America’s Cup Capers Continuing….
Published on August 27th, 2017
By Richard Gladwell, Sail-World
Two months have now passed since New Zealand won the America’s Cup, with not a lot being forthcoming on how the next event will shape up.
What has been released is a big improvement on what was produced in the run up to the last four America’s Cups.
On the 35th America’s Cup on Bermuda, it is incredibly disappointing to see the America’s Cup video content taken down off Youtube, a month after the event concluded.
This does not just include the media conferences and other reports that were produced on a daily basis, but everything going back to, and including the previous 2013 America’s Cup in San Francisco.
Those Cup fans who follow the traffic on the old 2013 San Francisco videos will know that they kept getting replays and had some very good viewer numbers.
There was an enormous of content generated during the 35th America’s Cup – and many fans will not have got around to viewing all of it. Now it would seem to have vanished for ever.
For all the comment from those involved in the Golden Gate YC’s team and marketing/event management arm about wanting to lift interest in the America’s Cup, and sailing generally, this seems to be a very strange way to do it.
How does it benefit the sport to have all official footage and images suppressed a month after the event?
It gets worse.
The America’s Cup website has been switched to an online America’s Cup clothing store based in Manchester UK.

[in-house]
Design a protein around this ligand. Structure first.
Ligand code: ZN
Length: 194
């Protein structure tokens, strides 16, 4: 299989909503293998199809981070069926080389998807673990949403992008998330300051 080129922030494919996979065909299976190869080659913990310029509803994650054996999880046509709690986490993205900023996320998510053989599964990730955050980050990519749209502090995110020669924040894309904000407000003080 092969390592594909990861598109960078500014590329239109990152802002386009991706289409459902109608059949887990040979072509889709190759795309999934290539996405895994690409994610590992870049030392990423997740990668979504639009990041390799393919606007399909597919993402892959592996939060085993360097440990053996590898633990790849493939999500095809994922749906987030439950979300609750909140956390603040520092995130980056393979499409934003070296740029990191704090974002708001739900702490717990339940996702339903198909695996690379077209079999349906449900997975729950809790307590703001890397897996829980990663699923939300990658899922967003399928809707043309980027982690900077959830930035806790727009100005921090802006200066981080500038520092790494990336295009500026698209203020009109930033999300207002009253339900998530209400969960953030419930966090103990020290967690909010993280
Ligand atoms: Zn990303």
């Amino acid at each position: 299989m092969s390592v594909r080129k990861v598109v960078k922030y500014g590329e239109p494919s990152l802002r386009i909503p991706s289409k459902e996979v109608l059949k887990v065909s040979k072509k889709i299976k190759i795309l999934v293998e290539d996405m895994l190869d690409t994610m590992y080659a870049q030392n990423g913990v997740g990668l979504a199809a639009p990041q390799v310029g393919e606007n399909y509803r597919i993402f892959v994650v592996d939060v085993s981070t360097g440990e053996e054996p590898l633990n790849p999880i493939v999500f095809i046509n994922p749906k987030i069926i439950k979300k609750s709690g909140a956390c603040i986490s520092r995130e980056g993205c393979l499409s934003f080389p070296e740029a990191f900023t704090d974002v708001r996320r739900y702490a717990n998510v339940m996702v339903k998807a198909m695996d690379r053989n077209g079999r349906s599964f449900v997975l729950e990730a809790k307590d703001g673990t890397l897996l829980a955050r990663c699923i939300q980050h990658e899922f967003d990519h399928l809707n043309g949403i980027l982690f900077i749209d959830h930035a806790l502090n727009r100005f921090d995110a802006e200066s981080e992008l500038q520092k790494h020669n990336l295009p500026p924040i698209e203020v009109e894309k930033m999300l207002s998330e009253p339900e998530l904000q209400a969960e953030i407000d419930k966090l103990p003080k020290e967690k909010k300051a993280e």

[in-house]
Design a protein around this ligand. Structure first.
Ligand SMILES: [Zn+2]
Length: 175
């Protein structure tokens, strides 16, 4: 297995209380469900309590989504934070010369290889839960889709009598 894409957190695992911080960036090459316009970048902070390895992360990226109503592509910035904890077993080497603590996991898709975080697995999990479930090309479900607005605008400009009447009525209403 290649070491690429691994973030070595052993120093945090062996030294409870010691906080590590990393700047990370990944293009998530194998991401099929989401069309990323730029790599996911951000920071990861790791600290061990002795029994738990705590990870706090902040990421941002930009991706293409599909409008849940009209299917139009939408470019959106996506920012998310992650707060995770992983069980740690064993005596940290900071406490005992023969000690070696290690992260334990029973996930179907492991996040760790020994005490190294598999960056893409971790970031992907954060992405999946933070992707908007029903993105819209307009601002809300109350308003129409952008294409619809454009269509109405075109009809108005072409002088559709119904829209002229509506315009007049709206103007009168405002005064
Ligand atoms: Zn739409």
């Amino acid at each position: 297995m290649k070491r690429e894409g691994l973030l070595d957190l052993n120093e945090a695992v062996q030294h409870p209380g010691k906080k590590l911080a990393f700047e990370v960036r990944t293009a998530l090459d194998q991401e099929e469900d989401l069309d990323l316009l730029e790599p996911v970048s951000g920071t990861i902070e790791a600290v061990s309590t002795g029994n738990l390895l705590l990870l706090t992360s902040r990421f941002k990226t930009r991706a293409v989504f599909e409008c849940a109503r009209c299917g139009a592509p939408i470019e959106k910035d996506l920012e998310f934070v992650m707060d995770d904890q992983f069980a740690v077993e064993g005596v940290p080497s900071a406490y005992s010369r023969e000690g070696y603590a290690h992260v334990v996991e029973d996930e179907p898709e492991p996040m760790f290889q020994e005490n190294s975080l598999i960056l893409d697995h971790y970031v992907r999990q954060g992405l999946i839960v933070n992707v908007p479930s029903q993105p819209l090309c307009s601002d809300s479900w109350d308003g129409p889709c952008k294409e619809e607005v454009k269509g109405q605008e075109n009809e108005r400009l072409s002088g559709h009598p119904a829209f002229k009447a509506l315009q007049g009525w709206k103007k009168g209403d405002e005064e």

Also gone is the America’s Cup image library – a vital source of some outstanding images for sailing and non-sailing media. That too is diverted to the same discount-sale site. This won’t affect Sail-World too much as we have our own image content – but that’s not the situation for most publications.
When the much maligned Swiss team Alinghi lost the America’s Cup in 2010, they at least kept the content of that available for several months. But other than pirate copies that video is also not publicly available either.
The 35th America’s Cup Facebook page with over 400,000 followers was also taken down and then reappeared a few days later under the name of 35ACBDA – with all the original content. But that too now seems to have gone.
Those with a passing knowledge of website and social media process will know that to hand-over the content is a simple matter of passing over the keys to the new owner, and the sites can continue in their original form for fans. The cost is relatively insignificant.